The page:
Creativity is defined as "the capacity for original thought, new connections, adaptive reasoning, and novel solutions." Many believe that nurturing and supporting the development of creative abilities during childhood has far reaching positive effects as we enter adulthood, helping us achieve our academic potential. Studies have shown that by age 10, many children have lost up to 70 percent of the creative ability they are born with and once we reach adulthood, we retain a mere fraction of this original capacity.
At the recent Learning and the Brain Research Conference in Boston, the discussion centered on how we teach creativity to students in school. Howard Gardner, professor of cognition and education at Harvard University, believes creativity is one of five ways of thinking necessary for young people to succeed in the future. Gardner believes possessing a risk-taking temperament is necessary to foster creativity.
Shirley Brice Heath, an English professor emerita Stanford University, and her colleagues conducted a 30-year longitudinal study of 300 working-class black and white families. She found that creative students had positive risk-taking in common. Risk-taking activities included such acts as: questioning the reasoning behind common mathematical/scientific principals, taking non-traditional stances in debatable issues and exploring alternative solutions to challenging problems. This type of risk-taking produced endorphins in students that led them to increased engagement and continued creative effort. These endorphins lead an individual to a state of happiness and well being, thus students want to return to this state by replicating the activity it took to get there, positive risk-taking. Work and play became synonymous in producing this "happiness."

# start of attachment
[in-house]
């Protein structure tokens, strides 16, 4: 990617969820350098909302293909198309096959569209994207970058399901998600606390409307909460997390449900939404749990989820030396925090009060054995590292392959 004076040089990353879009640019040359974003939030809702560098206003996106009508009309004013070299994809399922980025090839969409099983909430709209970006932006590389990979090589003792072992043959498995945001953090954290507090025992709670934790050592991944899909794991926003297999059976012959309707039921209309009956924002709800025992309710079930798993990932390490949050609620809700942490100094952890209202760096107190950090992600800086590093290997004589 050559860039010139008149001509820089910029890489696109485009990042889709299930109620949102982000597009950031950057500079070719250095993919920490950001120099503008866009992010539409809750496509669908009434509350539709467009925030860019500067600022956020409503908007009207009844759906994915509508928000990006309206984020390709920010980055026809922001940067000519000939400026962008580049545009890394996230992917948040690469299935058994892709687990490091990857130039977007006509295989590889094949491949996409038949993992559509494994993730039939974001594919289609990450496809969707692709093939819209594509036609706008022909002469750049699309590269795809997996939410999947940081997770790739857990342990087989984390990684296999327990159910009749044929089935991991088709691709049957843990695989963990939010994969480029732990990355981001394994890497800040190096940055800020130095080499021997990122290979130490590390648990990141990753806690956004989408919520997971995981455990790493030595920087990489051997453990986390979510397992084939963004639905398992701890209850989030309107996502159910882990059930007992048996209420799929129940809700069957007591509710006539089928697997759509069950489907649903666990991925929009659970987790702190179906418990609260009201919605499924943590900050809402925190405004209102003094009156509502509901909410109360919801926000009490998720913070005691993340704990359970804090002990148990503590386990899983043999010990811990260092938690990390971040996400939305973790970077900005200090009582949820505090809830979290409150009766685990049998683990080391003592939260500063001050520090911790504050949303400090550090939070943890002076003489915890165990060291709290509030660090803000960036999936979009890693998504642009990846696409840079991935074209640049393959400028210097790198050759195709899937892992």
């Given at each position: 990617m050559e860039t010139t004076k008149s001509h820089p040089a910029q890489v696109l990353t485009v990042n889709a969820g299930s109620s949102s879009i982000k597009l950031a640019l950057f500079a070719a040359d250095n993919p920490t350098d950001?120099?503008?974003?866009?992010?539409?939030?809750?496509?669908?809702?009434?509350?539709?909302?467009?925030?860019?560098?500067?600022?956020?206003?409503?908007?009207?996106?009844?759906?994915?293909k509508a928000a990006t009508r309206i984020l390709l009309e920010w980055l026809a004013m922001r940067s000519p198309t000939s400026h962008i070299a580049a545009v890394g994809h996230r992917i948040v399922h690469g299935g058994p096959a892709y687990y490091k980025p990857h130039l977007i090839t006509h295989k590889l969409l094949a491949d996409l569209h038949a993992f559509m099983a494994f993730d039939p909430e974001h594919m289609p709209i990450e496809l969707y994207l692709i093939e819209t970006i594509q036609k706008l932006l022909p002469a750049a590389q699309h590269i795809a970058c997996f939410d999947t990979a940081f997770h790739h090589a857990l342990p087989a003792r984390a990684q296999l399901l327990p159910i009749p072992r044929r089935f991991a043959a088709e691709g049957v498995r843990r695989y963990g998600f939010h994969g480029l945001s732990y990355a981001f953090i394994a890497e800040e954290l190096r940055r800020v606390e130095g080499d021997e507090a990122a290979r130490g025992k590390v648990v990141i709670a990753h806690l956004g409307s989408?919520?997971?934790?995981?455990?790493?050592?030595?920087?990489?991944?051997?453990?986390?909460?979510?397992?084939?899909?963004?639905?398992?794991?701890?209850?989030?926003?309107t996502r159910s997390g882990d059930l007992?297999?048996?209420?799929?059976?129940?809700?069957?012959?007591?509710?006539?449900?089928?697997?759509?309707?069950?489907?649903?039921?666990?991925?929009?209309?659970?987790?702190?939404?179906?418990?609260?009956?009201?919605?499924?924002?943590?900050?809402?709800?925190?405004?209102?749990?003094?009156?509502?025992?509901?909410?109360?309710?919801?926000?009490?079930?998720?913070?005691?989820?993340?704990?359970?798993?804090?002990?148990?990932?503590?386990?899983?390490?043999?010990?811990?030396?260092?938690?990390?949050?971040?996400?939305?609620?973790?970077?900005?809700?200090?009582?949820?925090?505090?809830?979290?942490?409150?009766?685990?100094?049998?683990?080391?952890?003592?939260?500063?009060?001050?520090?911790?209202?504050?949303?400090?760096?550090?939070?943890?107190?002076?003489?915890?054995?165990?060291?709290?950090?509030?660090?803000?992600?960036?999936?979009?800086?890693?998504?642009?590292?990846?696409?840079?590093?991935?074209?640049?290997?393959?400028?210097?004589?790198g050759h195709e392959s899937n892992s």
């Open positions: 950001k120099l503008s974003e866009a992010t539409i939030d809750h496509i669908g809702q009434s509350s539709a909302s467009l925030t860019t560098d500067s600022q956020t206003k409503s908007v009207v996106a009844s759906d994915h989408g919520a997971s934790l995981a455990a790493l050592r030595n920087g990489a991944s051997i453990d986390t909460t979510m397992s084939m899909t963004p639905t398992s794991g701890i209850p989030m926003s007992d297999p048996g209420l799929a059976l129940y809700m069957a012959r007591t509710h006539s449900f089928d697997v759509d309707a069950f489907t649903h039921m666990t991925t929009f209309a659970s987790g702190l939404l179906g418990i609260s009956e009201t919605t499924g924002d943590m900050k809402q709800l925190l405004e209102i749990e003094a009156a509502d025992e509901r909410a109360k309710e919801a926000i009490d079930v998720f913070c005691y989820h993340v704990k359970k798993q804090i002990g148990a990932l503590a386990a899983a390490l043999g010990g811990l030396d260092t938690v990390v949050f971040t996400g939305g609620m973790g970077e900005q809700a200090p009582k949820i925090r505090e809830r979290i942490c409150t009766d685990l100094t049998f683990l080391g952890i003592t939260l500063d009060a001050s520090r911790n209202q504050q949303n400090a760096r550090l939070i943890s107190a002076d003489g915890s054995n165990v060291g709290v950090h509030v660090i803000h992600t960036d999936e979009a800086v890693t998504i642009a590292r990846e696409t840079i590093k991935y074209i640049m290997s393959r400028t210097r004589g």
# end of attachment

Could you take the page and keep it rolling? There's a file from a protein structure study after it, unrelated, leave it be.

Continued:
Robert Sternberg, an expert in intelligence testing at Oklahoma State University, has research indicating that schools tend to unintentionally discourage creativity development through their grading policies. Schools encourage taking fewer risks, for example in a writing class that Sternberg observed "when the kids essays took controversial stands, the raters often rated them down."
The University of Amsterdam in Netherlands found that being "challenged" increases "global thinking and creativity." In this study, two sets of students were given mazes. Set A was given a maze with many obstacles, thus making it more difficult to navigate than Set B. When both groups of students were given a remote-associates test which gauges creativity in a student, Set A scored 60 percent higher than Set B.
Shelley Carson, a Harvard psychologist, found obstacles can push students to "incubate" innovative ways to solve problems. Creating a classroom atmosphere which encourages student to be intellectually curious and adventurous, treating mistakes or errors as taking you one step closer to the solution, develops creativity in a student.
The great Greek philosopher and mathematician Plato once stated, "Do not train a child to learn by force or harshness; but direct them to it by what amuses their minds, so that you may be better able to discover with accuracy the peculiar bent of the genius of each." The gift of creativity is present in all of us at birth. As educators, we must foster the development of creativity in each young man and women, aiding them in finding their own personal genius.
Editor's note: Steve Patchin is the director of the Center for Pre-College Outreach at Michigan Technological University.